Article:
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Given my existing credit score and annual income, how do I calculate what a reasonable credit limit for me should be?

I'm really looking for an order-of-magnitude estimate. e.g. should it be 40% of my income? 5%? 300%?

Is there anything else that would drastically affect the answer? (E.g. how much of the year I work, etc.?)

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    Does this help? money.stackexchange.com/questions/6341/… It isn't exactly your question, but there are interesting answers. – MrChrister Jun 23 '13 at 5:26
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    @MrChrister: A bit, but the comment that says "Those limits seem really low." makes me wonder how accurate that is. Any ideas? – Mehrdad Jun 23 '13 at 5:31
  • Your credit limit should be zero, because you shouldn't be needing credit. If you need credit - you live beyond your means. – littleadv Jun 23 '13 at 5:44
  • I don't think we're really addressing your question. For me, I don't really understand why you ask this question. Why do you care how they come up with the number? If you get approved, you'll get what you get, and it will likely be more than you should use up each month if you want to be prudent. If it isn't, you demonstrate you can use what you have responsibly, and then ask for more. The worst they can do is say no. What am I missing? – mbhunter Jun 23 '13 at 7:04
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    The confusion with this question is the word reasonable. The CC company calculates the max they will give you. You calculate the minimum amount based on how you plan to use the card, and the % utilization you want. Neither addresses the word reasonable. Too big of a limit with 100% utilization puts you at risk if you lose your job. Comments show you are interested in the max they will give you. The answers are focusing on reasonable, based on how you plan to use it each month, and a 10-20% utilization rate. If you never used the word reasonable you would have gotten the answers you wanted. – mhoran_psprep Jun 23 '13 at 18:42
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If you are a pay in full card user, the math runs pretty simple. Say you earn $48K, or $4K/mo. You try to run most expenses through the card to get whatever rewards, so the most 'regular' spending can be will be $2K or so (mortgage/rent usually can't be charged). If we want the $2K to average a 10% usage, you ideally want open credit lines to total $20K. You can have as much as $4K on the bill and still be at 20% utilization.

The above creates a 'rule of thumb' goal of about half of one's salary as the goal for available credit. With a caution to readers, this is not advice to carry that amount in outstanding debt. If the credit agencies didn't look at utilization, 10% of one's salary would be enough in most cases.

Rules of thumb are meant as a starting point. Some people avoid cards for whatever reason. One card with a $2000 line might be enough to rent a car and hotel, and be used for little else. Others play the reward game, and this advice is geared toward that kind of heavy user.

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    +1 awesome answer, that's basically what I was looking for, thanks. – Mehrdad Jun 23 '13 at 23:47
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    I aspire to "awesome" and thought I understood your goal. Glad to help, Mehrdad. – JoeTaxpayer Jun 23 '13 at 23:48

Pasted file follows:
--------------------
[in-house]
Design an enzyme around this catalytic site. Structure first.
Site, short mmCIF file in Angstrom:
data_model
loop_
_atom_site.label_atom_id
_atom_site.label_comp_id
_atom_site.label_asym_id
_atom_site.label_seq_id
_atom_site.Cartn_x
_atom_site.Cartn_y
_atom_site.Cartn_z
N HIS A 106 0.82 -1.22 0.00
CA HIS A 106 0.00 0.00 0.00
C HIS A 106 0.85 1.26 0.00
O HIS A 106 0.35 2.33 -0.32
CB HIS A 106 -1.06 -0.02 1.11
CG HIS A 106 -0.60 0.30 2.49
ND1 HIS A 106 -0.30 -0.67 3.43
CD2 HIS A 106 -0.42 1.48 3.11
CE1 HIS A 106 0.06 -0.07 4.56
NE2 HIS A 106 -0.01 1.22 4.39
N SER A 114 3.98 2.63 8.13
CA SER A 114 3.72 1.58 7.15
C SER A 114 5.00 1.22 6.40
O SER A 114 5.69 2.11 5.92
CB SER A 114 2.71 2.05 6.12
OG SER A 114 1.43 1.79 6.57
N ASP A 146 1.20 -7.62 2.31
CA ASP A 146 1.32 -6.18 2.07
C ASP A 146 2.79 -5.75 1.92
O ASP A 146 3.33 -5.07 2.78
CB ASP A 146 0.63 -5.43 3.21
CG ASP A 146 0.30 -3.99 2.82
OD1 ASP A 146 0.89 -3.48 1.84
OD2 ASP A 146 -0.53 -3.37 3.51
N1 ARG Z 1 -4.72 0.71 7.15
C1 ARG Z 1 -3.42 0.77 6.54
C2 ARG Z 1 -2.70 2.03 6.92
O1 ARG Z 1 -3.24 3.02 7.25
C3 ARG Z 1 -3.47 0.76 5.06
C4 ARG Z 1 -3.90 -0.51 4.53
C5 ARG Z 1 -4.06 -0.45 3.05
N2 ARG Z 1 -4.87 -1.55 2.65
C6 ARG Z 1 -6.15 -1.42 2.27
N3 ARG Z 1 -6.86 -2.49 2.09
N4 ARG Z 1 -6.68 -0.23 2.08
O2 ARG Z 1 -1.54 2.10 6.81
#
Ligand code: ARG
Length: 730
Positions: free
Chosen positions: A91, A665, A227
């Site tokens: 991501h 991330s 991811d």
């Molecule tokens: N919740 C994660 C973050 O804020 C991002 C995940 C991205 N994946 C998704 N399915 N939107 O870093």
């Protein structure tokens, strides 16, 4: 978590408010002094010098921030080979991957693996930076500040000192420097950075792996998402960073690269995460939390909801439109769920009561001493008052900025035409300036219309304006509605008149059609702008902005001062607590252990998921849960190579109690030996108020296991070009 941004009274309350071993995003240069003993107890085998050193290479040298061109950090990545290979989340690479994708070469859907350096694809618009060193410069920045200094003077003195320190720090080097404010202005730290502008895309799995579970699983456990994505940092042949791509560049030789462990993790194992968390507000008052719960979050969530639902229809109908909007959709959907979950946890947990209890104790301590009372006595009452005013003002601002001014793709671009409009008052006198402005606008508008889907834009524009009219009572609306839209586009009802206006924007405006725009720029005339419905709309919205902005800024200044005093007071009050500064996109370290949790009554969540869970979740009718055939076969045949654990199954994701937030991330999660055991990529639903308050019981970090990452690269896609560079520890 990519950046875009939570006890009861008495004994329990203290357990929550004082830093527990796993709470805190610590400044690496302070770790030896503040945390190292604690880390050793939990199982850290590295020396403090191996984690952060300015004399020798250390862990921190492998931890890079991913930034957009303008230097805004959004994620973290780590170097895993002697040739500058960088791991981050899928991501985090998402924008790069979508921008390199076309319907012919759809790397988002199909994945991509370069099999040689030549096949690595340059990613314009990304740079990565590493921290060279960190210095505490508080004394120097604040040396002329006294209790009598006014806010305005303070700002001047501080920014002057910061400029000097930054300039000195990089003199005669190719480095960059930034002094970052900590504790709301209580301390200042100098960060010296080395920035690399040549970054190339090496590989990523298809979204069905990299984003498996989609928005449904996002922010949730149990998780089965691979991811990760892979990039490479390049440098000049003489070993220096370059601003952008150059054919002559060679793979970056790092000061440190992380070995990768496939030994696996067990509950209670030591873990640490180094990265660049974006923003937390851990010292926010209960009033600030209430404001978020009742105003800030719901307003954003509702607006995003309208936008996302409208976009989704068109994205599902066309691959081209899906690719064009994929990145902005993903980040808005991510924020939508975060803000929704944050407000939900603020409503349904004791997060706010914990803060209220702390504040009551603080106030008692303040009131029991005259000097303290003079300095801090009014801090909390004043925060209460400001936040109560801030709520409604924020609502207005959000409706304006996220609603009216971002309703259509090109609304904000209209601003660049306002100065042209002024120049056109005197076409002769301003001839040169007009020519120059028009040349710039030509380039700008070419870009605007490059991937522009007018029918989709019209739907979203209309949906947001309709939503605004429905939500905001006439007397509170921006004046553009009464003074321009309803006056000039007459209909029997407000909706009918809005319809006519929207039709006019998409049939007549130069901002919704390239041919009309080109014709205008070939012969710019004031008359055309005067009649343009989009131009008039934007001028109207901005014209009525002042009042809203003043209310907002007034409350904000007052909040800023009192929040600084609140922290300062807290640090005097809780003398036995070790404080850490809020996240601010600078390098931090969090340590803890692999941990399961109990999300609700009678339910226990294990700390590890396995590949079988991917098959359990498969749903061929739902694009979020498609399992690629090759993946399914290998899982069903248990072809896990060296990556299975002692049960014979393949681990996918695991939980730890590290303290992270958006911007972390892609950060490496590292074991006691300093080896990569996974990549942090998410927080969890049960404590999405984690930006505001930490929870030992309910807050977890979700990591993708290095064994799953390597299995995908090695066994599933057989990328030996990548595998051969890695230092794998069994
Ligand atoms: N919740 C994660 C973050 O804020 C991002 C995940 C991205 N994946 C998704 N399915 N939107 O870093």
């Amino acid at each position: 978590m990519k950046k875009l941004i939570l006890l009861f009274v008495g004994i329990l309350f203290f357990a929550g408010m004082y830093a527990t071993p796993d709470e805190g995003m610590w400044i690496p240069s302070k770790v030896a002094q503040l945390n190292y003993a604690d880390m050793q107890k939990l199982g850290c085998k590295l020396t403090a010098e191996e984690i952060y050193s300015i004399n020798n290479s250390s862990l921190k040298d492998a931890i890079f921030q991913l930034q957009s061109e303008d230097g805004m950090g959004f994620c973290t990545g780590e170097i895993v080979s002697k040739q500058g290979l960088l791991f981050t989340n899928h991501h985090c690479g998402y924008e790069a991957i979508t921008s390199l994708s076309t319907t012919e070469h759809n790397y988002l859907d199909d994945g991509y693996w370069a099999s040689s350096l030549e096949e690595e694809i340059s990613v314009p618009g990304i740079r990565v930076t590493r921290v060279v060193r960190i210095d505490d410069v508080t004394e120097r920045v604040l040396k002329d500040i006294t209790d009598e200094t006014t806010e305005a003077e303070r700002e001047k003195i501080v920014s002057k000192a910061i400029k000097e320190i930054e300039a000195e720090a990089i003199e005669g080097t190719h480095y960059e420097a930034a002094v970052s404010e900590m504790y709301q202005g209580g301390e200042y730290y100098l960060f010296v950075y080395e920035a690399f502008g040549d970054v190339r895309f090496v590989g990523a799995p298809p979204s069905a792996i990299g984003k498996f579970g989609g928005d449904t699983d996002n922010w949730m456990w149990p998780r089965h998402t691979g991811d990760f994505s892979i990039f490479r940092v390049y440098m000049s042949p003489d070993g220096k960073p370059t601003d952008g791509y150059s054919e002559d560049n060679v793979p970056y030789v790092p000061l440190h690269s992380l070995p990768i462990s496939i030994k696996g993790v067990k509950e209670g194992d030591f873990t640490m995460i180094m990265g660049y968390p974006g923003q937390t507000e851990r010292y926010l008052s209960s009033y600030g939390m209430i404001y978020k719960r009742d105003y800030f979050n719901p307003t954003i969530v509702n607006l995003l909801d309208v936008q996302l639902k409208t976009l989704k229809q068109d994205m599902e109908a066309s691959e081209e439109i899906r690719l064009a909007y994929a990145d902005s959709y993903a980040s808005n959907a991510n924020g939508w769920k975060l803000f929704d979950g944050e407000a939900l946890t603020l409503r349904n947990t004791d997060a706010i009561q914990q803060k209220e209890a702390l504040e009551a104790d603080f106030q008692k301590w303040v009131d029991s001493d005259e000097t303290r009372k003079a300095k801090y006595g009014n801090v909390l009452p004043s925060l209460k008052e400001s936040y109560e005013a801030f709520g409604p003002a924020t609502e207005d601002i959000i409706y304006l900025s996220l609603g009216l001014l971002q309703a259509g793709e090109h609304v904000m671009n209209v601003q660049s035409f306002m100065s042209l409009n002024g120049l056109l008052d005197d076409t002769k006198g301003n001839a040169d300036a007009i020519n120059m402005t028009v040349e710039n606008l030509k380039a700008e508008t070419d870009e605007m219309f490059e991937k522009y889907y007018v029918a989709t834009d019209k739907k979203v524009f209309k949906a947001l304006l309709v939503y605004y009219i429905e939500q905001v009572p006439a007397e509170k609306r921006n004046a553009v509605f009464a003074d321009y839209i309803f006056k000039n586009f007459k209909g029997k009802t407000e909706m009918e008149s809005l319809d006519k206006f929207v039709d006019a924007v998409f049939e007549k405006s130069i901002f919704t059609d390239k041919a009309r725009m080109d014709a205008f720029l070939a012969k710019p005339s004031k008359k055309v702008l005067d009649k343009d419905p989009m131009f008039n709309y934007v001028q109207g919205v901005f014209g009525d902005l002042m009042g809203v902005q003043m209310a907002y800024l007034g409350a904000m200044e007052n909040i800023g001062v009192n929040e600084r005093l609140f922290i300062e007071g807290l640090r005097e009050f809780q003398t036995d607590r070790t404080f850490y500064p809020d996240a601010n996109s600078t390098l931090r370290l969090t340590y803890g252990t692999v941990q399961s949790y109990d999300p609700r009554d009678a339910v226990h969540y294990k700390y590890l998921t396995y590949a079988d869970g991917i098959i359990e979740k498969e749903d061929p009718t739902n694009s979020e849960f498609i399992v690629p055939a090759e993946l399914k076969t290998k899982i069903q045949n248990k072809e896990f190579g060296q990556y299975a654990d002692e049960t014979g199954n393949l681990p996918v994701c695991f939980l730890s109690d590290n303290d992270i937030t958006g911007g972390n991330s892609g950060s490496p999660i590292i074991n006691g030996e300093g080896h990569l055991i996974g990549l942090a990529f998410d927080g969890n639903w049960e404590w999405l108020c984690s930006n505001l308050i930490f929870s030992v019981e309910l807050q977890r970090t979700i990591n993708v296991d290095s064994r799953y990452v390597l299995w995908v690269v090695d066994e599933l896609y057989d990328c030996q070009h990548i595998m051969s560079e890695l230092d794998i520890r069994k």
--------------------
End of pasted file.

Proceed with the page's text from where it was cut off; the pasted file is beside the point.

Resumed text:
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Assuming you're not an extremely high risk, banks will gladly approve a credit limit of several times your monthly income.

They want you to carry a balance. That's where their profit is.

Another way of saying this: "We'll give you more than enough rope to hang yourself."

Now, as far as how much is reasonable for you to charge, you should pay off your balance in full each month. If you can't do that, then the level of credit usage is unreasonable.

  • "Now, as far as how much is reasonable for you to charge, you should pay off your balance in full each month. If you can't do that, then the level of credit usage is unreasonable." That's quite a vague answer. I was hoping for something more tangible (i.e. a number I could calculate). – Mehrdad Jun 23 '13 at 5:32
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    It wasn't meant to be vague. How much should you charge each month? Not so much that you have to carry a balance, because then you pay interest. What that number is exactly, you'll have to look at your budget to find out. – mbhunter Jun 23 '13 at 5:35
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    I've never asked for a specific credit limit. I've always gotten far more than I would ever actually use, so the concept of "asking for too much" is foreign to me. How they arrived at the number has been immaterial. I just shake my head: "They approved me for that much?!" – mbhunter Jun 23 '13 at 6:59
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    But in any case, I did give you a ballpark estimate: several times your monthly income. That's what mine is currently between all of my cards. Probably close to ten times. – mbhunter Jun 23 '13 at 7:01
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    +1 and my result is 5X monthly income. Between our answers, OP should have what he needs to narrow down his goal. It's a range, not an exact answer. To the OP's question of how much they'll give him, out total available credit is just about 1X our annual income. – JoeTaxpayer Jun 23 '13 at 14:57

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